Brain Food: Water On Mars
It's only been a few weeks since scientists confirmed there is indeed water on Mars. But they have yet to determine if life exists in the briny water or if that moisture is coming from the atmosphere or from underground.
Nadine Barlow is a professor of physics and astronomy at Northern Arizona University, and she's trying to answer those questions. "If these dark streaks are forming because water is seeping out of the near surface region," says Barlow, "we probably have liquid water underground. And we know that life forms love to have liquid water, so there are certainly areas that we're going to focus on in terms of future exploration trying to understand whether or not Mars may have ever had life or if it might still have life today."
Barlow is studying images taken by a highly sensitive camera called a spectrometer. It's attached to an orbiting spacecraft collecting data from Mars. The "dark streaks" she refers to are liquid streams full of magnesium salts. Many are as big as a few 100' long and about 5' wide. They tend to occur around the Martian equator in canyons, on the slopes of craters, and on flat surfaces.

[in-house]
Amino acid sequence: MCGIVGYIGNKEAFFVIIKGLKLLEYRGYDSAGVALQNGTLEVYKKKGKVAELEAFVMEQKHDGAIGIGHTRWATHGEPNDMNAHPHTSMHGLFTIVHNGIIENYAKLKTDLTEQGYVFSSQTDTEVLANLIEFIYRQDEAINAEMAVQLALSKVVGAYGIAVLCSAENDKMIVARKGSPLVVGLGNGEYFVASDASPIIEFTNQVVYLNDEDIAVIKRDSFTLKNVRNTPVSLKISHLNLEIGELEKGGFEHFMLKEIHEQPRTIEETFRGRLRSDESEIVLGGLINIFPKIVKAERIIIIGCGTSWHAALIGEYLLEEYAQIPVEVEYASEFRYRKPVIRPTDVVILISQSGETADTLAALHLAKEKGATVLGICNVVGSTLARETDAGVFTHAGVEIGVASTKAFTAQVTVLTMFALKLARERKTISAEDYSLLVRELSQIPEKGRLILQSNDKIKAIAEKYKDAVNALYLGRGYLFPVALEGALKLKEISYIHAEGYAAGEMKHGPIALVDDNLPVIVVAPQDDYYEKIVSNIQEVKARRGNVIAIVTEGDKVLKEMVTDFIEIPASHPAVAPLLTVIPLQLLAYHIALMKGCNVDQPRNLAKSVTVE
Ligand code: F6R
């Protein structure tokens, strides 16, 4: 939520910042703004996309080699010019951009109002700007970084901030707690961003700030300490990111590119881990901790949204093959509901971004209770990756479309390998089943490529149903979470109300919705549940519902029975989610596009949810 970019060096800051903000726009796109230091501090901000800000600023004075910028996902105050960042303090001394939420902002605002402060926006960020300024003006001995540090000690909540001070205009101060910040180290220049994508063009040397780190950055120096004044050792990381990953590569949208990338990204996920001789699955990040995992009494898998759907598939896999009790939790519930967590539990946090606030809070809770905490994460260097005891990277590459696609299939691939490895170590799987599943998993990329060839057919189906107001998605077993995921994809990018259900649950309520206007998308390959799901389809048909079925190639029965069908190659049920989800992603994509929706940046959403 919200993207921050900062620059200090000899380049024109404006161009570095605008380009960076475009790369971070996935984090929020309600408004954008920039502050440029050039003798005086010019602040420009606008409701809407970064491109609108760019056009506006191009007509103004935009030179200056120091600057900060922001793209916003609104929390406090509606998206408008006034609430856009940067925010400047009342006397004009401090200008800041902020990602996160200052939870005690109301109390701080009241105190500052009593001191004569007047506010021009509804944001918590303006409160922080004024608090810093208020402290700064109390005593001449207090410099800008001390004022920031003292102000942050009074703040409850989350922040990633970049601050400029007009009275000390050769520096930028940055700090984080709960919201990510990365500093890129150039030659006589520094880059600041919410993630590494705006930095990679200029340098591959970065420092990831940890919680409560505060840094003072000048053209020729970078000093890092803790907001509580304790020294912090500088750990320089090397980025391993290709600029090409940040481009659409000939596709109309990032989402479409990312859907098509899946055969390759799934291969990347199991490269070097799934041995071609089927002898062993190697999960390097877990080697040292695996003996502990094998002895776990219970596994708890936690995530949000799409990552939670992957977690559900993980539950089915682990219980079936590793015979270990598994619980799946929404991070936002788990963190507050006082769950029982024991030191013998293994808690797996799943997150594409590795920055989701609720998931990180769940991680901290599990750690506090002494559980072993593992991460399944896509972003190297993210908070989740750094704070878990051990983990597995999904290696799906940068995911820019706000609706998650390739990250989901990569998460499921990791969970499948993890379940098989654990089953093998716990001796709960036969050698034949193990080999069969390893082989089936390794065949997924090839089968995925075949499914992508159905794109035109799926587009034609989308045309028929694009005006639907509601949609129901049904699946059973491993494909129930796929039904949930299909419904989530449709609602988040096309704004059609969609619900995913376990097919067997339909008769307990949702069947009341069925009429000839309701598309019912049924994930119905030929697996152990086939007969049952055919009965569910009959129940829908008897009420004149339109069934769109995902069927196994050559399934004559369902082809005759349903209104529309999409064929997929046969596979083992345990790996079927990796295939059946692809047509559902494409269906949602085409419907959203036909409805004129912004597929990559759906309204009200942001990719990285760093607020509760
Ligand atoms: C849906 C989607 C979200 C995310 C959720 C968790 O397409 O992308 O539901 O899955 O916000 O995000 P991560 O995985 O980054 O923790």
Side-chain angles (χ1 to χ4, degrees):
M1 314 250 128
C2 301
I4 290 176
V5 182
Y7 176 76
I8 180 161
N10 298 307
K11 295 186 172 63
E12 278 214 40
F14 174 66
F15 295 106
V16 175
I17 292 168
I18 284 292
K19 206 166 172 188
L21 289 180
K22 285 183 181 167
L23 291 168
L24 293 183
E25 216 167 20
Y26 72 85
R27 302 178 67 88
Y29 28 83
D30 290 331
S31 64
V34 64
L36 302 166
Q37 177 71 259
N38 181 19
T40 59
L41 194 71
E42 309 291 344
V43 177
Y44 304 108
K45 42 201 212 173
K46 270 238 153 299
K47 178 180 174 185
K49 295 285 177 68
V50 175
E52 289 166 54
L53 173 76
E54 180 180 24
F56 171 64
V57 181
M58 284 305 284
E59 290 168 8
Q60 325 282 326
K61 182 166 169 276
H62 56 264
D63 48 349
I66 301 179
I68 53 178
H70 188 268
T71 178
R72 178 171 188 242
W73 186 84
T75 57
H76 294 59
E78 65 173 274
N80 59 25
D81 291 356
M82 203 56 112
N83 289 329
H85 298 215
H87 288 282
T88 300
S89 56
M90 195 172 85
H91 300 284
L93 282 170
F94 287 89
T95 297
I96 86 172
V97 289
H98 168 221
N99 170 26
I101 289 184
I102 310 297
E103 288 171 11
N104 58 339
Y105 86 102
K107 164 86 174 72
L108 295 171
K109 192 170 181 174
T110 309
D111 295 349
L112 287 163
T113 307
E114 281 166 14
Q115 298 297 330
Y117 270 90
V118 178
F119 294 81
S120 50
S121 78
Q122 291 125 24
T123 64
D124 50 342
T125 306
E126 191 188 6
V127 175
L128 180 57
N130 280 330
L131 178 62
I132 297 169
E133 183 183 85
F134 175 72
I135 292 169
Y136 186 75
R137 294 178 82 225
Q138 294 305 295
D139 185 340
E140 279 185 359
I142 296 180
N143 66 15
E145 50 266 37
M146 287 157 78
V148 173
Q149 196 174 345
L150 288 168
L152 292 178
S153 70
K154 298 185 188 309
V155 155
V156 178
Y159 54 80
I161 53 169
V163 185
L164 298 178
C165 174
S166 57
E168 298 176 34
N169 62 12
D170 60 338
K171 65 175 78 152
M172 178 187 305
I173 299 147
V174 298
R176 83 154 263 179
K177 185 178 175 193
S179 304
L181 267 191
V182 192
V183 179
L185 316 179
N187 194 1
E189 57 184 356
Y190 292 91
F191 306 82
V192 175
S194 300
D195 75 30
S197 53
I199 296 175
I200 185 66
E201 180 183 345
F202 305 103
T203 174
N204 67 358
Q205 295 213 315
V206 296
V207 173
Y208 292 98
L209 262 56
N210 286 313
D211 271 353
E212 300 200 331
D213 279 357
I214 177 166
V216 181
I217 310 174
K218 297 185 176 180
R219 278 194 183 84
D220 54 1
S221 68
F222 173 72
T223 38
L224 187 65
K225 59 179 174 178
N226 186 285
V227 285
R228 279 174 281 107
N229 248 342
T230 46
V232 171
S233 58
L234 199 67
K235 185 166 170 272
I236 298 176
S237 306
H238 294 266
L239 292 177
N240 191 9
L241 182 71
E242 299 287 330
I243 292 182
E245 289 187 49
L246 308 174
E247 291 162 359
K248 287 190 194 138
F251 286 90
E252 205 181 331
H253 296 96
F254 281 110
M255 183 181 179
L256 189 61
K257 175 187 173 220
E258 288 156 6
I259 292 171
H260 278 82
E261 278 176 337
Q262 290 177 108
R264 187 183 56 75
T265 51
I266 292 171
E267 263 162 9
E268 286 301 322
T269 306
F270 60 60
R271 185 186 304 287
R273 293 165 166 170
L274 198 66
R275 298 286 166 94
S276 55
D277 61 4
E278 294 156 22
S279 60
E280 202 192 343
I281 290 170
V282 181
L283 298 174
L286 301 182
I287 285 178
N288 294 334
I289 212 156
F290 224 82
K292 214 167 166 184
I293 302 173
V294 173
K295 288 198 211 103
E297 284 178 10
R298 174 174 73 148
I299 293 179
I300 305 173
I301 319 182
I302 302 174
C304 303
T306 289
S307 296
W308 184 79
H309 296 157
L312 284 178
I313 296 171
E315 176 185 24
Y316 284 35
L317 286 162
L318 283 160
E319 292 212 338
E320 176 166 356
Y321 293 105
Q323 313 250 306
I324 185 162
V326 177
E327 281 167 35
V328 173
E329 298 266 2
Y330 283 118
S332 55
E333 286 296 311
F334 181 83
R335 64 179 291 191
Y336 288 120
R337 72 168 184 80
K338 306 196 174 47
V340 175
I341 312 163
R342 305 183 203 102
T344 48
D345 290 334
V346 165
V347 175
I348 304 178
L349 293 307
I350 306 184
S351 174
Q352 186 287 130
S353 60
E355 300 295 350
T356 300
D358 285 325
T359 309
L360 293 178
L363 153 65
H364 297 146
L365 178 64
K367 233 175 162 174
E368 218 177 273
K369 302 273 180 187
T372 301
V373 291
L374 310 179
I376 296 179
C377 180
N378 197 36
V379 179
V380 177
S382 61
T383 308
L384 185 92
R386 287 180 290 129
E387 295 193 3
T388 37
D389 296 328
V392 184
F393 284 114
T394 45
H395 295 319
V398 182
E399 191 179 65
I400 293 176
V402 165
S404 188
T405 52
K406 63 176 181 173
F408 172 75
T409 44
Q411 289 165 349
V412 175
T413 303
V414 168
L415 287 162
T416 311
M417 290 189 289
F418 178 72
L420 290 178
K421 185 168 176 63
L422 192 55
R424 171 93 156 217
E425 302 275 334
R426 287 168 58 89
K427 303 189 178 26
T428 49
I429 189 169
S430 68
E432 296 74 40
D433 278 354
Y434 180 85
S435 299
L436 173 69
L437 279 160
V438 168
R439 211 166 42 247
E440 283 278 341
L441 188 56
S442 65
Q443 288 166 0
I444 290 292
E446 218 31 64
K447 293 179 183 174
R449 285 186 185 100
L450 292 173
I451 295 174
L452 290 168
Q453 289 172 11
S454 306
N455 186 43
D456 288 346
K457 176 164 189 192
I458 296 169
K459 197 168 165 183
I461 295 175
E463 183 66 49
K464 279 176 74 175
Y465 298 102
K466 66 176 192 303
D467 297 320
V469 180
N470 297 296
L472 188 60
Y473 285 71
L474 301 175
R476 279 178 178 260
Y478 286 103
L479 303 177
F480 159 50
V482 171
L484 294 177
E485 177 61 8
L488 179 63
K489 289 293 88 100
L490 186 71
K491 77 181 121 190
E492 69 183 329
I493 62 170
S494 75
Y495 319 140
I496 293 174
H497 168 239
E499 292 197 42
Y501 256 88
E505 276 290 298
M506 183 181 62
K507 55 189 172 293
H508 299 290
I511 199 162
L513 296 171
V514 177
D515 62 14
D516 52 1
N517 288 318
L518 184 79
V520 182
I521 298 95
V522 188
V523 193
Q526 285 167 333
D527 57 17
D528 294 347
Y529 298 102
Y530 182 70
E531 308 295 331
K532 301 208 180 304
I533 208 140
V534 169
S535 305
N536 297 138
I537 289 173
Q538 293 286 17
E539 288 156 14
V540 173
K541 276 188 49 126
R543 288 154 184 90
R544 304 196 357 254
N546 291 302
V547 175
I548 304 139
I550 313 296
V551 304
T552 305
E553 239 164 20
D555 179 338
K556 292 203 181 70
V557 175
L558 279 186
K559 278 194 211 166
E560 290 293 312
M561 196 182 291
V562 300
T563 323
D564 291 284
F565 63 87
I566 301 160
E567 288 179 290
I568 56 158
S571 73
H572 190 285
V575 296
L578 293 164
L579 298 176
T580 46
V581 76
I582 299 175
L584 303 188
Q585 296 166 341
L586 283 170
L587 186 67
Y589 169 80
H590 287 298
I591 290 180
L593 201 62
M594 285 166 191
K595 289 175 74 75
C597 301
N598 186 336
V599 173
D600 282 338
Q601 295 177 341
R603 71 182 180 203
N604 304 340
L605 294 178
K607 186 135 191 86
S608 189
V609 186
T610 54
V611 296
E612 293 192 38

"In this image," Barlow points out, "you can actually see there are dark streaks that exist in this one image from May of 2007. And then when this same area was imaged back in September 2012, there's a brand new streak that actually formed there. And so that's the characteristic of these recurrent slope lineae...one time you see them, and the next time you don't, and vice versa."
Barlow is part of COSPAR, an international organization that sets guidelines for protecting planetary surfaces so that Earthlings don't contaminate them. She says the areas of Mars with flowing water - or recurrent slope lineae - are considered "special regions". Currently, they're off limits for space exploration until we can be sure that visiting spacecraft are not carrying bacteria that can start growing there.